Reported Speech

Definition: Reported Speech (also called Indirect Speech) is used to communicate what someone else said, think or believe, but without using the exact words. A few changes are necessary; often a pronoun has to be changed and the verb is usually moved back a tense, where possible.

For example:

  • He said that he was going to come.
    * The person's exact words were "I'm going to come".

Reported speech is usually used to talk about the past, so we normally change the tense of the words spoken. We use reporting verbs like "say", "tell", "ask", and we may use the word "that" to introduce the reported words. Reported speech doesn't use quotation marks to enclose what the person said.

For example:

  • Direct speech:
    - "I'm going to the cinema", he said.
  • Reported speech:
    - He said he was going to the cinema.
  • Direct speech:
    - "I'm going to come", he said.
  • Reported speech:
    - He said that he was going to come.
  • Direct speech:
    - She said, "I saw him."
  • Reported speech:
    - She said that she had seen him.

Indirect Questions
When reporting questions, it is especially important to pay attention to sentence order. When reporting yes/ no questions connect the reported question using "if". When reporting questions using question words (why, where, when, etc.) use the question word.

  • She asked, "Do you want to come with me?"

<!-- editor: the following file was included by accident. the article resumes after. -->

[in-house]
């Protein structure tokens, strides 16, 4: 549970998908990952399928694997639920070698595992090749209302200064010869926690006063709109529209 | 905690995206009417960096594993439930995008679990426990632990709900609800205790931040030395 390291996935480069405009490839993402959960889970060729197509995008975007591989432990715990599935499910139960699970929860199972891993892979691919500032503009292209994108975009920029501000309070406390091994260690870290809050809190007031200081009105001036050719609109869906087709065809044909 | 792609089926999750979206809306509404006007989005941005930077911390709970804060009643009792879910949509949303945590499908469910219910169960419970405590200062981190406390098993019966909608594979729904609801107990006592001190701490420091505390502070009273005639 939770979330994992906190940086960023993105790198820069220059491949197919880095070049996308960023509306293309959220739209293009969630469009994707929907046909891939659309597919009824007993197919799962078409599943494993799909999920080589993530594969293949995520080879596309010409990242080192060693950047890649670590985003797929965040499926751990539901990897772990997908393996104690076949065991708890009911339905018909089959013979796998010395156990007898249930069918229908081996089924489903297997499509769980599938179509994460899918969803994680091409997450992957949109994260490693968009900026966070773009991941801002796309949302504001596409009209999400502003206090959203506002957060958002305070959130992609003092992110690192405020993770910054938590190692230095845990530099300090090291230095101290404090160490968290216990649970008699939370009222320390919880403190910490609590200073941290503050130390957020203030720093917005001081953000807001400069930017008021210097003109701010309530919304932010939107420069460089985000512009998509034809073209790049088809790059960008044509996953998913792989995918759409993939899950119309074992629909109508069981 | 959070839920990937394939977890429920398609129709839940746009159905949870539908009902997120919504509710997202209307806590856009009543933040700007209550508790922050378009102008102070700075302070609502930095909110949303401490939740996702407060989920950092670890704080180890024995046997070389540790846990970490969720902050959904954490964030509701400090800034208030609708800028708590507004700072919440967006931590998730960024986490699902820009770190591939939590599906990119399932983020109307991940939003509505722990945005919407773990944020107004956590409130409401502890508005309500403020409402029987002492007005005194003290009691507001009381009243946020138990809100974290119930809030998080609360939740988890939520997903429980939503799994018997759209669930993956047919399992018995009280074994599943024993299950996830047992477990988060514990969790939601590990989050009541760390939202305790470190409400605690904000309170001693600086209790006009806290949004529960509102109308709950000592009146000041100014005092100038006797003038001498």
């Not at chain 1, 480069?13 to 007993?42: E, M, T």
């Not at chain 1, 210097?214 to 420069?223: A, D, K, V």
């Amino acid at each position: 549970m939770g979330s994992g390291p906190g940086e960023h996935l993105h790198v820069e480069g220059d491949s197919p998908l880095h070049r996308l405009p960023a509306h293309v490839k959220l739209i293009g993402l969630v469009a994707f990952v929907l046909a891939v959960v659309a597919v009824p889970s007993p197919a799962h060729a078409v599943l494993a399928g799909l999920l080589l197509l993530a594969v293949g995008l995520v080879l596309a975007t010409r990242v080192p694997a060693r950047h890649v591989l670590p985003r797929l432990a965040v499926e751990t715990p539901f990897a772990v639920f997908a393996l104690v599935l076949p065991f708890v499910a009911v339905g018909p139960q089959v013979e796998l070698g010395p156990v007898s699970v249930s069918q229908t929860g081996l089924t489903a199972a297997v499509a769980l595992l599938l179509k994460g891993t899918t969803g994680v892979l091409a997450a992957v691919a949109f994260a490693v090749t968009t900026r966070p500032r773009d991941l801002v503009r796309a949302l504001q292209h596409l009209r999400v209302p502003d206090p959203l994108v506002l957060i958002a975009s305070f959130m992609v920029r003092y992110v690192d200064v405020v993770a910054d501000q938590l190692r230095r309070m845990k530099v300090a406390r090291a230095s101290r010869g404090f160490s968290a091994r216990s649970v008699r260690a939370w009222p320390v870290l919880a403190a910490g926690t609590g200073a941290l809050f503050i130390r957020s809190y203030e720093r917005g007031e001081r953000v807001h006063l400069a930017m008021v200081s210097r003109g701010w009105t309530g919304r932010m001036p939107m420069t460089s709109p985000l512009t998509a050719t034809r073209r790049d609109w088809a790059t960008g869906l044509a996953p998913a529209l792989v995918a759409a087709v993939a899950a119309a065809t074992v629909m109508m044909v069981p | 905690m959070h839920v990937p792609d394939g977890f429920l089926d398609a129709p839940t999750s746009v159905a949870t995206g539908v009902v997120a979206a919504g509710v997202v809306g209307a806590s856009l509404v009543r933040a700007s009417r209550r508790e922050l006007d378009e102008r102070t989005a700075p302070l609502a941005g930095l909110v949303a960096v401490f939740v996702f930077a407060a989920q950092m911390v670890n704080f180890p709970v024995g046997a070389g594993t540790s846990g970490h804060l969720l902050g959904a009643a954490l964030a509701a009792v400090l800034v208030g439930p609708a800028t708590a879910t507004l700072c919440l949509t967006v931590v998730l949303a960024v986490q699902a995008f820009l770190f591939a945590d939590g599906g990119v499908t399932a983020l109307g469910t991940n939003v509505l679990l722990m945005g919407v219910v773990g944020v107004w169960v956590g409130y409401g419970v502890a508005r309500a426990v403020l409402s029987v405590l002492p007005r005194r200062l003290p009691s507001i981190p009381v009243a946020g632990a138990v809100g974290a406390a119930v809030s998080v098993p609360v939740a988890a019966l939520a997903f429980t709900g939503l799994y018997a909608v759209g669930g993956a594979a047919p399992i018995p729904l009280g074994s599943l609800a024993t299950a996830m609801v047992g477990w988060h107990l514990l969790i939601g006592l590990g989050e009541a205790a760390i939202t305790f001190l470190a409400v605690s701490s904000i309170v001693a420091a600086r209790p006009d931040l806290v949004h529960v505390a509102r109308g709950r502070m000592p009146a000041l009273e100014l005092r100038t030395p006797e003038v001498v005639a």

=> She asked me if I wanted to come with her.
  • Dave asked, "Where did you go last weekend?"
    => Dave asked me where I had gone the previous weekend.
  • He asked, "Why are you studying English?"
    => She asked me why I was studying English.

The following chart includes sentences changed from direct speech to reported speech using a past form. Note Simple past, present perfect, and past perfect all change to past perfect in the reported form.

Direct speech Reported speech
He said, "I live in Paris." He said he lived in Paris.
He said, "I am cooking dinner." He said he was cooking dinner.
He said, "I have visted London twice." He said he had visited London twice.
He said, "I went to New York last week." He said he had gone to New York the week before.
He said, "I had already eaten." He said he had already eaten.
He said, "I am going to find a new job." He said he was going to find a new job.
He said, "I will give Jack a call." He said he would give Jack a call.

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